June brings the later Peonies, the many beautiful varieties of P. albiflora. The great number now in commerce present a difficulty in making a choice without some guidance. This is the more to be desired because numbers of the rose-coloured kinds have a taint of rank colouring that is best avoided. The following varieties may be advised :ï¿½Whites: Virgo Maria, Duchesse de Nemours, Festiva maxima, Marie Lemoine, grandiflora nivea plena.
Yellowish:Solfatarre, alba sulfurea. Flesh colour: Virginie, EugTnie Verdier, carnea alba, La Tulipe. Fuller pink and rosy: Dr. Bretonneau, Mme Calot, Mme de Vatry, Belle Douaisienne, Mme Dhour. Dark red: Edonard AndrT. These grand Peonies are worthy of an entire garden space to themselves, though they are also in place as either simple plants or as groups of two or three in flower borders. One good way of having them is intergrouped with the Roses in a Rose garden, where the beds are apt to look thin and unfurnished; a weakness that the large foliage of the Peonies tends to correct.
Another great family of June-flowering plants contains the most useful of the Irises, namely, the flag-leaved kinds. A large number of fine new varieties have been produced of late years, but some of the old-established kinds are still among the best; and as the prices of these are moderate it may be useful to name them in preference to those of the latest development, whose colours and qualities can be learnt from any good Iris catalogue. These can confidently be recommended. For whites, albicans Princess of Wales, and Mrs. H. Darwin; white, bordered with purple lines, Mme Cherean; purple, the nearest to blue, Chameleon; all purple, tall and vigorous, Kharput; dwarf, deep purple, early, Purple King; purple and white, low growing, Comte de St. Clair, and Sultana taller; pale yellow, flavescens; deep yellow, variegata aurea; yellow and bronze, Bronze Beauty, Gracchus, Darius; lavender, the grand Pallida datmatica and its near variety P. d. Celeste, also the nearly related pinkish Queen of the May. A whole Iris garden is no doubt desirable, but it would have to be carefully interplanted with something of which the foliage would overspread the Irises, because, except in the case of the pallidas or varieties with near pallida parentage, the leaves wither up and become unsightly. But this does not matter if a special bit of garden can be given to the Irises and a few other flowers of June, and treated carefully for colour effect. Such a place should be rather separate from other garden ground, as it would not be of interest either earlier or later in the year. It would begin at one end with Irises purple and white, purple perennial Lupins, pink China Rose, and the beautiful little shrub, Olearia stellulata, which is covered in June with its myriad of little starry white flowers. Then Irises of a lighter purple, the kinds that are nearest to blue, and the fine white Oriental Poppy, Perryï¿½s White, and white Lupins. All this region has a plentiful planting of white Foxglove at the back. Then comes the pale yellow Iris flavescens with one of the shorter yellow Irises in front, and a goodly planting of yellow Tree Lupin, followed by the deeper yellow Iris variegata aurea; all this with a front and middle underplanting of the reddish satin-leaf Heuchera Richardsonii. This underplanting is continued as the Irises darken in colour to those that have claret falls and smoky yellow standards. After this the colour again passes to yellow, with a good deal of interplanting of a most useful plant, Peltaria alliacea, about a foot high, with a cloud of tiny cruciferous bloom of a warm white colour. Then there are again white Irises and China Roses and the pretty rosy tall Iris, Queen of the May, one of the latest of the pallidas; for the fine Iris pallida dalmatica is a little too early for the Iris border, its bloom being over before the greater number of the more numerous kinds are in flower. The end of the border has some white Tree Lupins, the tall warm white spires of Asphodel and the creamy plumes of Spirea Aruncus.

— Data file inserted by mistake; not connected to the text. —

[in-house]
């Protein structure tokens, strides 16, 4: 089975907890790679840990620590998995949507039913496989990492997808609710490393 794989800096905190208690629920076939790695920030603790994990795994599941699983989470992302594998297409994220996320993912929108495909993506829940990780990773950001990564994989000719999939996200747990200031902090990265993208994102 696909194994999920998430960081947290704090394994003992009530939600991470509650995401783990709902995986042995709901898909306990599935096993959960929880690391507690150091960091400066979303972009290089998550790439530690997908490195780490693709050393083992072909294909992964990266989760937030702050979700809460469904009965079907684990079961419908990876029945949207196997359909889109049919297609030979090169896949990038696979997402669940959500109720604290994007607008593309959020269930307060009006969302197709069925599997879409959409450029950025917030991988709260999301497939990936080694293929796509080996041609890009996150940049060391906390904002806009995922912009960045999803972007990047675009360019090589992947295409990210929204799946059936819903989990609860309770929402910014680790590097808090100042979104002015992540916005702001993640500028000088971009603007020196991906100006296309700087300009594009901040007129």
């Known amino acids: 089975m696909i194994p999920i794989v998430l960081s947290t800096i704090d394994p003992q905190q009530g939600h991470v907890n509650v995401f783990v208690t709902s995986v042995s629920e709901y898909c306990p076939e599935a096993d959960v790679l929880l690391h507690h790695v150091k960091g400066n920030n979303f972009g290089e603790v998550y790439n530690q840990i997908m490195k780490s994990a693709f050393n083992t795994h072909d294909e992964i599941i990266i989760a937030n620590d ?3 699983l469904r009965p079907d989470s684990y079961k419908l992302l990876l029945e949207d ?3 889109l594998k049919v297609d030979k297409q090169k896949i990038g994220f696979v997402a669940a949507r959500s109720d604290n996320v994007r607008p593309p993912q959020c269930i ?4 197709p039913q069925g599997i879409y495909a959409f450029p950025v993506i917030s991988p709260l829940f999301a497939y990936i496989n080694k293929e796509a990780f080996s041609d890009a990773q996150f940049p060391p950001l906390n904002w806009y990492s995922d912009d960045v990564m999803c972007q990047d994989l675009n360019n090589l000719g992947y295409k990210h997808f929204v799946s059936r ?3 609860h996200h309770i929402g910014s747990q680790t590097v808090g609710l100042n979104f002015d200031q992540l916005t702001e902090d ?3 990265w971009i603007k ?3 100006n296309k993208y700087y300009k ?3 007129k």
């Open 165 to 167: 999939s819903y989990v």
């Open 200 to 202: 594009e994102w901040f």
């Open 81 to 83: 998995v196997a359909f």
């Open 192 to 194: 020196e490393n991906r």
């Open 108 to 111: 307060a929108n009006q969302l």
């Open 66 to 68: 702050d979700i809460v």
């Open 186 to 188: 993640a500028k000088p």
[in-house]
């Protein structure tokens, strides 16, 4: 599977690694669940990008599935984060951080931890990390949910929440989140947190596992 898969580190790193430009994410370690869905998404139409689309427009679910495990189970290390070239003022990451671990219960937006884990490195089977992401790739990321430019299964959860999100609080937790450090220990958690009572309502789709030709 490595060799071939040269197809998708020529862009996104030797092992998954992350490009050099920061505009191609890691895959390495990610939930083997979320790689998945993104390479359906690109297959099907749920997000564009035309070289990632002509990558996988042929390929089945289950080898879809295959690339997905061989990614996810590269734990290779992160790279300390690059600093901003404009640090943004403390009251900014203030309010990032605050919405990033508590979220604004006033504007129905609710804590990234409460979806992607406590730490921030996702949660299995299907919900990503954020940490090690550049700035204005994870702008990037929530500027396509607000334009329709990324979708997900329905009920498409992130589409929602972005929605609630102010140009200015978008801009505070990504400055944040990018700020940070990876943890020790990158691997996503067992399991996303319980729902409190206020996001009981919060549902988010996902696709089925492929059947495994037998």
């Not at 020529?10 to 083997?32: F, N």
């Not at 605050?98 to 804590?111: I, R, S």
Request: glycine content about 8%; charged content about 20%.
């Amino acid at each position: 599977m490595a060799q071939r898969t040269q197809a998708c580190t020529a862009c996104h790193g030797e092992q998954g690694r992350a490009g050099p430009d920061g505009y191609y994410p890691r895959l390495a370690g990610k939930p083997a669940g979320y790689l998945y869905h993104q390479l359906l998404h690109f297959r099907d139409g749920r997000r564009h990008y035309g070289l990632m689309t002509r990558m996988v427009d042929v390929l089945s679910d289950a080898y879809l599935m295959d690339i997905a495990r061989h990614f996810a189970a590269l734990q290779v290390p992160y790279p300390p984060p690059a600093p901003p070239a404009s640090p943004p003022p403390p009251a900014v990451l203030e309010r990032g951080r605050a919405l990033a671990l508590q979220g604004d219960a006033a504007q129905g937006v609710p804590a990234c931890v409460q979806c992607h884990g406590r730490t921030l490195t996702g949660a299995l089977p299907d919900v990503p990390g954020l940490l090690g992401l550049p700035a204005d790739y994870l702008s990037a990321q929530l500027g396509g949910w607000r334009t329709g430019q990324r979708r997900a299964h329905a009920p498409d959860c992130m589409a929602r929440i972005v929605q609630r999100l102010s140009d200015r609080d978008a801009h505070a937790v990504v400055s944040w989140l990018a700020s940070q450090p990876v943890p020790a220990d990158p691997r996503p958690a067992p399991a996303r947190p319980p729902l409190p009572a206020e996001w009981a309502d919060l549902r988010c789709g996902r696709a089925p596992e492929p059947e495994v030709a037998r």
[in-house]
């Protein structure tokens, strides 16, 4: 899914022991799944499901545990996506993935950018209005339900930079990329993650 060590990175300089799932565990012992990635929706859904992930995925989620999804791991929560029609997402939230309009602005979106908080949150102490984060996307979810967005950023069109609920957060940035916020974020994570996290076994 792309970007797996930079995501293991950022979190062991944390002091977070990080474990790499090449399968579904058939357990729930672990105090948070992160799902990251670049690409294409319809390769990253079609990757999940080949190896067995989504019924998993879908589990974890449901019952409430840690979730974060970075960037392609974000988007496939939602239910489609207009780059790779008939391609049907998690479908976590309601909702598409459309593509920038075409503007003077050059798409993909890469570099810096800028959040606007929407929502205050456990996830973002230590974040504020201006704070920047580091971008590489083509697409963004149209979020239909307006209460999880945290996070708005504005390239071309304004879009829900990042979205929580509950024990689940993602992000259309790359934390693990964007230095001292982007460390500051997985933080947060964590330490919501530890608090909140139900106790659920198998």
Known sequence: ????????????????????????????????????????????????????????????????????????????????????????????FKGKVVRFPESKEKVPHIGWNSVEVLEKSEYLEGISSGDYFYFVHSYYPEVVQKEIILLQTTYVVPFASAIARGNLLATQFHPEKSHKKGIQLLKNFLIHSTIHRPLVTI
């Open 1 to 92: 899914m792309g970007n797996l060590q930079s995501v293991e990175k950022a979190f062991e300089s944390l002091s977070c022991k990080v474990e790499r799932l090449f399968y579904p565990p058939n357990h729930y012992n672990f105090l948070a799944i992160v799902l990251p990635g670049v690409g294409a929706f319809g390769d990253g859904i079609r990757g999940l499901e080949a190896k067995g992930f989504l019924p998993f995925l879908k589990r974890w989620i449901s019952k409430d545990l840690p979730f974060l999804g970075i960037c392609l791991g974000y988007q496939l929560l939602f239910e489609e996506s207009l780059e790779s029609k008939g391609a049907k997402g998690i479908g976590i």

The colouring of Roses has been so much altered and extended of late that in planning a Rose garden the separate needs of the newer shades should beï¿½ kept in mind. For though Roses pink and white, and red and white, and pink and red are fine in company, the whites and some of the cooler pinks do not agree with the salmon and orange shades, although the whites and pure paleï¿½ yellows inclining to a canary tint go charmingly together. The following combinations may be advised :ï¿½White and yellow: British Queen, Ethel Malcolm, Kaiserin Augusta Victoria, whites; Souvenir de Gustave Pratt, Miss Aliceï¿½ de Rothschild, yellows. For deeper yellows: Lady Hillingdon, Mme Ravary, ]JlTlanie Soupert, Mrs. Wemyss Quin, Margaret Dickson Hamill, and Golden Emblem. For pink: Dean hole, Mme Jules Grolez, Prince de Bulgarie, Laï¿½ Tosca, Antoine Rivoire, Lady Ashtown. For copper orange: Joseph Hill,. A.R. Goodwin, Duchess of Wellington, Lady Pirrie, Mme Edward Herriot, and Sunburst. For bright reds: Richmond, George C. Waud, General McArthur,. Mrs. Edward Powell, Commander Jules Gravereau, Hugh Dickson, K. of K.,. Augustus Hartmann, and Red Letter Day. For darkest reds: Eugene Beauharnais, Chateau de Cbs Vougeot, Laurent Carte, Lieutenant Chaure, and George Dickson.